What gets me excited about this story is the idea that, having discovered the government has turned the Venom symbiote into Agent Venom, the Wizard gets the idea that he can take things even further by turning Carnage into his own agent of evil; to elevate himself to that of an A-List villain by pulling off this incredibly genius but dangerously complex task. Of course, that’s going to prove more difficult than even he realizes, so we’ll need to find out if this monstrous experiment leaves them all worse for wear, or will this actually prove to be the Superior Carnage?
It’s a classic Frankenstein tale that can generate some great horror moments, but also leaves me room to bring some comedy in, because what’s funnier than biting off more than you can chew? This is not going to be as outrageous a book as “Avenging Spider-Man” was, but I think all moments in life have humor intertwined.
Of course, you’re known for your humor and so was the writer of the past two Carnage miniseries, Zeb Wells. Zeb’s Carnage stories had humor in them as well, but they were pretty dark, psychological horror stories. Will “Superior Carnage” have a comparable tone?
Zeb Wells? That’s actually someone’s name? I’m kidding, of course. Zeb is actually one of my dearest friends, so it’s been fun to share this character. But the message I think this sends is that it takes someone with a twisted “Robot Chicken” mind to take on someone as demented as Carnage. And to answer your question, yes, this story will have a mix of both horror and humor.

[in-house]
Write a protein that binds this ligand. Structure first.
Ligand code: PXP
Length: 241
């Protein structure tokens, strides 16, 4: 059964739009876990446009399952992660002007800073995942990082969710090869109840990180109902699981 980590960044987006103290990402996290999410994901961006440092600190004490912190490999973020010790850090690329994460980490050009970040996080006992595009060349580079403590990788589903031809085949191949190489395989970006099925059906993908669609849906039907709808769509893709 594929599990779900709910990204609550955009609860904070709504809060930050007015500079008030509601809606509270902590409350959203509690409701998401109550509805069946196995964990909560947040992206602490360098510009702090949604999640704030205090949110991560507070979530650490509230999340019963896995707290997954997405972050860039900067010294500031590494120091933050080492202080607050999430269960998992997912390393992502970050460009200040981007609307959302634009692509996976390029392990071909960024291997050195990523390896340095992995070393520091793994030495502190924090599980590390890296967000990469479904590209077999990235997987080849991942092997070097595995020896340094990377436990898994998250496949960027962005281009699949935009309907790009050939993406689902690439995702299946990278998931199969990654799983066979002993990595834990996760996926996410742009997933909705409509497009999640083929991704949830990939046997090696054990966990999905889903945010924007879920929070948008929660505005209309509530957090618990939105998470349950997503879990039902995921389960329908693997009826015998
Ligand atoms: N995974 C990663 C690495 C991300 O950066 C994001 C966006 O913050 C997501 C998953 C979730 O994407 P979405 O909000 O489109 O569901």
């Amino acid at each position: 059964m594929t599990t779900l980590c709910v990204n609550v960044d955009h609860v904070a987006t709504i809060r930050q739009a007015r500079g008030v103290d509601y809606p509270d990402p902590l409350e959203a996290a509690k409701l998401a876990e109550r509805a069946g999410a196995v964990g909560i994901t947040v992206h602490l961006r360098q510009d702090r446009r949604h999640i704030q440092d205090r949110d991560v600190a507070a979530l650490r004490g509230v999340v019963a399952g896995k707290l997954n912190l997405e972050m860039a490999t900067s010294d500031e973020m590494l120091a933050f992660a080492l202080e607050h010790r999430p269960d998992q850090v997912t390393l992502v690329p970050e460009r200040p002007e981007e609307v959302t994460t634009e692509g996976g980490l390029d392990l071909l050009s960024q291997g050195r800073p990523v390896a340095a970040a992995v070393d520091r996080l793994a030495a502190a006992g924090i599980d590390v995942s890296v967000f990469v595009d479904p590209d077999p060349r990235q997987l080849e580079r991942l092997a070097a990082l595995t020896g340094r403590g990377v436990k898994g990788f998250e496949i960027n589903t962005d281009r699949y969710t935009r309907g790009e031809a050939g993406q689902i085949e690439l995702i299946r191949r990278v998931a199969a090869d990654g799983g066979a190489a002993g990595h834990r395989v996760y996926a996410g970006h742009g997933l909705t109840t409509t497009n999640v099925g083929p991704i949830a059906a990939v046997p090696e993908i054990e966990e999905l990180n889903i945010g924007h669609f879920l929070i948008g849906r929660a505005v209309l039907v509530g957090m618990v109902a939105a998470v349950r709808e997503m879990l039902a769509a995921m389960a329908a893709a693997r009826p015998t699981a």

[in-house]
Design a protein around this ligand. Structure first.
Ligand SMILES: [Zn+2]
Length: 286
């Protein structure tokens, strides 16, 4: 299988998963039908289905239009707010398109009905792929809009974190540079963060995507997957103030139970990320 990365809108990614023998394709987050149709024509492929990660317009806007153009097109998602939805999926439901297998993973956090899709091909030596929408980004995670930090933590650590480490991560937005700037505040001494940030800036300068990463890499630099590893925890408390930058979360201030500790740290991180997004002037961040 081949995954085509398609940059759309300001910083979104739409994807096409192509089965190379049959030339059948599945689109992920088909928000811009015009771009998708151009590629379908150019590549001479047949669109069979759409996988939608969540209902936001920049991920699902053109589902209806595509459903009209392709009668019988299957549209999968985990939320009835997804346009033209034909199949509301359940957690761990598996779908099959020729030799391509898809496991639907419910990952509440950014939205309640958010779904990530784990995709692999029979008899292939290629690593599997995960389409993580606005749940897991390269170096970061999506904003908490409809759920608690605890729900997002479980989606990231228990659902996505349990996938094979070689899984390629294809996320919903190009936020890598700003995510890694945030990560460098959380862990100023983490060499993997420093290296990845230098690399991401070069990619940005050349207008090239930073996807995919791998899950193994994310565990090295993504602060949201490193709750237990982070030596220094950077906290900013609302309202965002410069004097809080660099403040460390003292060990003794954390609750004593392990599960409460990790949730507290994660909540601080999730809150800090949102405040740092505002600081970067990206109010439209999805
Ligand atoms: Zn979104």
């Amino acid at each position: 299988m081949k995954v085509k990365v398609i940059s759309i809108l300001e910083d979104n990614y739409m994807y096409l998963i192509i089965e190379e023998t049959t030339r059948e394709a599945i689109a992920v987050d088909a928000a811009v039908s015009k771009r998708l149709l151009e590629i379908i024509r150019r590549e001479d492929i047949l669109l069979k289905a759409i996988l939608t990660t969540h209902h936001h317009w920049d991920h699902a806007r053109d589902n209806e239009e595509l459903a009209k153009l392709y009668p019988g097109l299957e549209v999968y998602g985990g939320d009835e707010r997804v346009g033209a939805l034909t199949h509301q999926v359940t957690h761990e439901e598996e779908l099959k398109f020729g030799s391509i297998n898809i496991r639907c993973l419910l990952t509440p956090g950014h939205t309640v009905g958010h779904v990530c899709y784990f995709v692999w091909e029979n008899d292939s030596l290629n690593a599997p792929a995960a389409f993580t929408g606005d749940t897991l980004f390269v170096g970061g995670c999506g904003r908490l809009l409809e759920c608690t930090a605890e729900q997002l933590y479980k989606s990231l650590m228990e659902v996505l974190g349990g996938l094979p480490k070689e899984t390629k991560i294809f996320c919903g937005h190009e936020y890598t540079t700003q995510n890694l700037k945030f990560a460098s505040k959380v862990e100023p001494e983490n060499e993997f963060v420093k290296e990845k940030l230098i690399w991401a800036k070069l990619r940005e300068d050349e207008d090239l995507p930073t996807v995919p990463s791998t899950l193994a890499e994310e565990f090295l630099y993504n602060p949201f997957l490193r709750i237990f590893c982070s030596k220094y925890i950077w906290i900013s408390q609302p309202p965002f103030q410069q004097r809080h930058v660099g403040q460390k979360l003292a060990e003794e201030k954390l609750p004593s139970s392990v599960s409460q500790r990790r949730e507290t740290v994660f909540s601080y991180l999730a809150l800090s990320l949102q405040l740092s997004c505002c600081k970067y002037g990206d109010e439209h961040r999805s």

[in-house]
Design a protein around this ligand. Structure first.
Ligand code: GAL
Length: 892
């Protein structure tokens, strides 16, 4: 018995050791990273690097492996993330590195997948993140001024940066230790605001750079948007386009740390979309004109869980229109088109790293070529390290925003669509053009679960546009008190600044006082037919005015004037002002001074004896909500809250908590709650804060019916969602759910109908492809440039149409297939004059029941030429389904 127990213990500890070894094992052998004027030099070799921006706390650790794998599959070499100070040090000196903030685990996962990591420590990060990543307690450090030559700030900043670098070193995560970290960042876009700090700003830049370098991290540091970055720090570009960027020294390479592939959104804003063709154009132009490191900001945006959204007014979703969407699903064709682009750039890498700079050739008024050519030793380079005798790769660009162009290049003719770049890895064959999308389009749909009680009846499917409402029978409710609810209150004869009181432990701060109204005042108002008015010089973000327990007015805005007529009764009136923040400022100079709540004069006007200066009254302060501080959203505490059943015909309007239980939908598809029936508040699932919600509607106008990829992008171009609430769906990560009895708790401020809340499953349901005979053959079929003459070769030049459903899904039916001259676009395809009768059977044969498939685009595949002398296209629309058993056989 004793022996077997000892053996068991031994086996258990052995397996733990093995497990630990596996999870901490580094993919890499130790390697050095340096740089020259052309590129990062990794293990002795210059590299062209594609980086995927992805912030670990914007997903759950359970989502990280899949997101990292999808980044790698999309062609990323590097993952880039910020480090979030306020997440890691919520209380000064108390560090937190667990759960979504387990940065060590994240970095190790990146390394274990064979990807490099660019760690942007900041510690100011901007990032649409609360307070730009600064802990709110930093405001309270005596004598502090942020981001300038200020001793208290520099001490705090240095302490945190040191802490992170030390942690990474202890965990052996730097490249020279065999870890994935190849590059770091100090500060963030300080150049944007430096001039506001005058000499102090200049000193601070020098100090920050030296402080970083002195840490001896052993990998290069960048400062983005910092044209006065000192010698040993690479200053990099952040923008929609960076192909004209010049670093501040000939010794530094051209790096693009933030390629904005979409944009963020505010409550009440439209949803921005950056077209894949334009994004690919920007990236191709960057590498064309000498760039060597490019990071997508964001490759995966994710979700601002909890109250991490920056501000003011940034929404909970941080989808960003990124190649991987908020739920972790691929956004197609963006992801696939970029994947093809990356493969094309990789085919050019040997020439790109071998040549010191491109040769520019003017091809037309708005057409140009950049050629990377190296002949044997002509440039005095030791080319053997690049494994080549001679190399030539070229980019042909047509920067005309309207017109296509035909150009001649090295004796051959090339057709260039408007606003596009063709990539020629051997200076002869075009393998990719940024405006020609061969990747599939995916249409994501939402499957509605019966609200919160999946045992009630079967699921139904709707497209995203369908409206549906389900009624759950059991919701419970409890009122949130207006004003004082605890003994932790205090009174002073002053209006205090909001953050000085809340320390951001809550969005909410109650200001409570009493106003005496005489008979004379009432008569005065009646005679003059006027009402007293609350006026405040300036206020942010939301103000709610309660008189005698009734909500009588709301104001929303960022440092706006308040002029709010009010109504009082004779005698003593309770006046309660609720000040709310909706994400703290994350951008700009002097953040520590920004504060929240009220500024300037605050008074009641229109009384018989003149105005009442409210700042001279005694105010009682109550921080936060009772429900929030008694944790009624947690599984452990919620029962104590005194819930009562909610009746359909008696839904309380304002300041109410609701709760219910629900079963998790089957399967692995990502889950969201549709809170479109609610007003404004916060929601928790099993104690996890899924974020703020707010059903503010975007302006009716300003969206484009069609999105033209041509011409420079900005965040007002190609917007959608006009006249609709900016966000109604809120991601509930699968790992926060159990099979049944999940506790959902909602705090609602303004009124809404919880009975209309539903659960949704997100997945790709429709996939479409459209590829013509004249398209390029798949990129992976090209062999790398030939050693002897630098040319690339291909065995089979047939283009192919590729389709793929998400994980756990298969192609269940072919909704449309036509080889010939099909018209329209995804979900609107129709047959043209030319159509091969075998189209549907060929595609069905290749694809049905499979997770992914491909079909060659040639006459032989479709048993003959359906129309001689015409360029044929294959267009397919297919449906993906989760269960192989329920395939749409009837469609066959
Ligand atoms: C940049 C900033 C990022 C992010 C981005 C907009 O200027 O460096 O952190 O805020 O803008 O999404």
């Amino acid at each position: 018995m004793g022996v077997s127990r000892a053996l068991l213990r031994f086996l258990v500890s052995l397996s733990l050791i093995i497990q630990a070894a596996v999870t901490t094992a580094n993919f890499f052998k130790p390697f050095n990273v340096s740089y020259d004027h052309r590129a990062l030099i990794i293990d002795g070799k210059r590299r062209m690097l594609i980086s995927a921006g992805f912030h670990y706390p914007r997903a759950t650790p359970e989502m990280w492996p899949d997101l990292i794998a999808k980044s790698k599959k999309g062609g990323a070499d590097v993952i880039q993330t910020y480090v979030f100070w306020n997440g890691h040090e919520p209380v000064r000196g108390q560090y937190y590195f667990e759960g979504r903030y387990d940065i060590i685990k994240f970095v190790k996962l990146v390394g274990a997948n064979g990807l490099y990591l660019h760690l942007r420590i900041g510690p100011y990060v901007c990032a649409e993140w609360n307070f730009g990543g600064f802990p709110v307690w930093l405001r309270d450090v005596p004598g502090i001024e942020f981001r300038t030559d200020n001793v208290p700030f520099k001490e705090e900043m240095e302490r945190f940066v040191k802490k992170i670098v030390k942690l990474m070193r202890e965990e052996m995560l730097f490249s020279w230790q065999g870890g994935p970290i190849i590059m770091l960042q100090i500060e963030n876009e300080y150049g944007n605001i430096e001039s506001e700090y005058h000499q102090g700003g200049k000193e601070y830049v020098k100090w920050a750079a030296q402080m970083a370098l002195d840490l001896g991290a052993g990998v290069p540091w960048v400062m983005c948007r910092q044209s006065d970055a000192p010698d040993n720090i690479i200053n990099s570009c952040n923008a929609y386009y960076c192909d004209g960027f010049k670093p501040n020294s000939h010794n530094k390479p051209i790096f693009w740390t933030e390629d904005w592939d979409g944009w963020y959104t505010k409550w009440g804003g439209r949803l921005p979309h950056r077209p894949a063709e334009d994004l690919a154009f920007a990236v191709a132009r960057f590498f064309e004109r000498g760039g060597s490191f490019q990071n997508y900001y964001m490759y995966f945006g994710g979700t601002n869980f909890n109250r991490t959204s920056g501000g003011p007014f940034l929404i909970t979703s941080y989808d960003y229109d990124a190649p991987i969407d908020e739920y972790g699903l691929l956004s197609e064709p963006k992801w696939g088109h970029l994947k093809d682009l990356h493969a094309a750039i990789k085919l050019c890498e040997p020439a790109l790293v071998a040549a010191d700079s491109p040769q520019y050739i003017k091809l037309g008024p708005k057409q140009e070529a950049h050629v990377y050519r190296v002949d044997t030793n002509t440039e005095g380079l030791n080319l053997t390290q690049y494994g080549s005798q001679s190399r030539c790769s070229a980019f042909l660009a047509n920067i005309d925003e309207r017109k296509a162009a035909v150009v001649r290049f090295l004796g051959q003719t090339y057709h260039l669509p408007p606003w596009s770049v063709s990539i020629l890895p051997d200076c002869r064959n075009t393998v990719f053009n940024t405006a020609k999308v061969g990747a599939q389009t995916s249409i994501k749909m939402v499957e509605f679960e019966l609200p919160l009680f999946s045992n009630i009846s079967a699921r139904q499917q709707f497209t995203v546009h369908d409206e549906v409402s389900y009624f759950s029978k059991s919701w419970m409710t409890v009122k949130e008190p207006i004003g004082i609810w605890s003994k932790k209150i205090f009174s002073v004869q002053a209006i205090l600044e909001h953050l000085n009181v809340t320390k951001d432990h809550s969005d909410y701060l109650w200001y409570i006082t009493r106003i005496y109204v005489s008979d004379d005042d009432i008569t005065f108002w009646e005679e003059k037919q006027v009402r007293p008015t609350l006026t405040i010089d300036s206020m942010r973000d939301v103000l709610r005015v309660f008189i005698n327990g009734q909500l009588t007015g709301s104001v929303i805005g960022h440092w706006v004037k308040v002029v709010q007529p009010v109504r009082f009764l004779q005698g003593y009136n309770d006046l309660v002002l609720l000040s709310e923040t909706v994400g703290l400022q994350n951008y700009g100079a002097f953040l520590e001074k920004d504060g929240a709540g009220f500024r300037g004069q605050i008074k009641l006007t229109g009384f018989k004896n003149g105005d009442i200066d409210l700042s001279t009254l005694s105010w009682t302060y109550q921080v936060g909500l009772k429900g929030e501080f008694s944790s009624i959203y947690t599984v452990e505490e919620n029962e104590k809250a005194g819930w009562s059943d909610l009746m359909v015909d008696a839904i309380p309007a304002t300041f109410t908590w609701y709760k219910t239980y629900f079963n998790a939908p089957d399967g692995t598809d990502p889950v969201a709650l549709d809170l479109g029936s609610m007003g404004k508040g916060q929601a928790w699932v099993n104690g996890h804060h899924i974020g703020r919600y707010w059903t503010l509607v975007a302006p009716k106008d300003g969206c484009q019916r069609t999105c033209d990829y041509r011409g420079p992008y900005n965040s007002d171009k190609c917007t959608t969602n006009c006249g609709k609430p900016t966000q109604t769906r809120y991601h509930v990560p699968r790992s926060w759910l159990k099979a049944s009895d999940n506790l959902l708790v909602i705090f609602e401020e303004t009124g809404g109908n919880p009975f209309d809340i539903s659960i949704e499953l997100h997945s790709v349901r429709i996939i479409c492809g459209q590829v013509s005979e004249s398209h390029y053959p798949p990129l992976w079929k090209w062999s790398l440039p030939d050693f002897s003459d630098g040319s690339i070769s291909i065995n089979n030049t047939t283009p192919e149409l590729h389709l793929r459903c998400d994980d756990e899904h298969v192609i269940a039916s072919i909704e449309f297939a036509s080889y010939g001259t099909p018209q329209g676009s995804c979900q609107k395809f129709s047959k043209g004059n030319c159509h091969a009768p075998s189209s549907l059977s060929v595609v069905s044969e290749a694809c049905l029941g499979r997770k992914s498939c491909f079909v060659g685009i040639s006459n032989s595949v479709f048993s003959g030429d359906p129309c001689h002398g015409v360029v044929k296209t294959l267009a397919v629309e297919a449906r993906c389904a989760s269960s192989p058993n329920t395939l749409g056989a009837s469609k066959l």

We’ve talked about your protagonists, plot, and tone, but we haven’t discussed your supporting players. What kinds of characters make the best foils for Carnage and the Wizard?
I don’t want to give away too much, but from the set up you can probably tell there’s going to be a lot of conflict within the group itself as the Frightful Four try to recreate themselves, not to mention the conflict they’ll run into outside of their circle. Again, I’ve decided to dig up some people who we haven’t seen in a while, some associated with the Wizard and others not so much, but you can rest assured that turning Carnage into Superior Carnage will undoubtedly attract the attention of a certain wall-crawler.
Is there a chance we’ll see people like the Wizard’s clone/son Bentley?
Bentley definitely plays a big part of this story, even though he may never appear. His mere existence and the relationship the Wizard hopes to have with him is a great motivator for what the Wizard does.
You’re working with Stephen Segovia on this, an artist with a great visceral style. I expect your scripts are providing him with a healthy amount of action and violence to illustrate.
Stephen is fantastic, and yes, there is definitely a lot of action. I always try and get to know my artists beforehand and write to their strengths, but Stephen has a lot of strengths, so he makes it easy. Every time I read something Stephen has worked on, I feel he’s showing us something we haven’t seen from him before and that was key in what I had planned for this story.
Finally, do you have plans for any other comic book projects after “Superior Carnage?” And are there any other non-comic projects that fans of your work might want to be on the lookout for?
I’ve had a blast doing this and of course would love to do more. There are a couple of cool ideas I’ve discussed with Marvel, but it’s all about scheduling.
At the moment, I’m working on our 100th episode of “MAD,” believe it or not. The “Robot Chicken” guys and I are launching on another big project next week and I have a couple of pilots in development. So long as no one sidetracks me with a chance to run a donut shop, the nine year old in me should be able to pull it all off.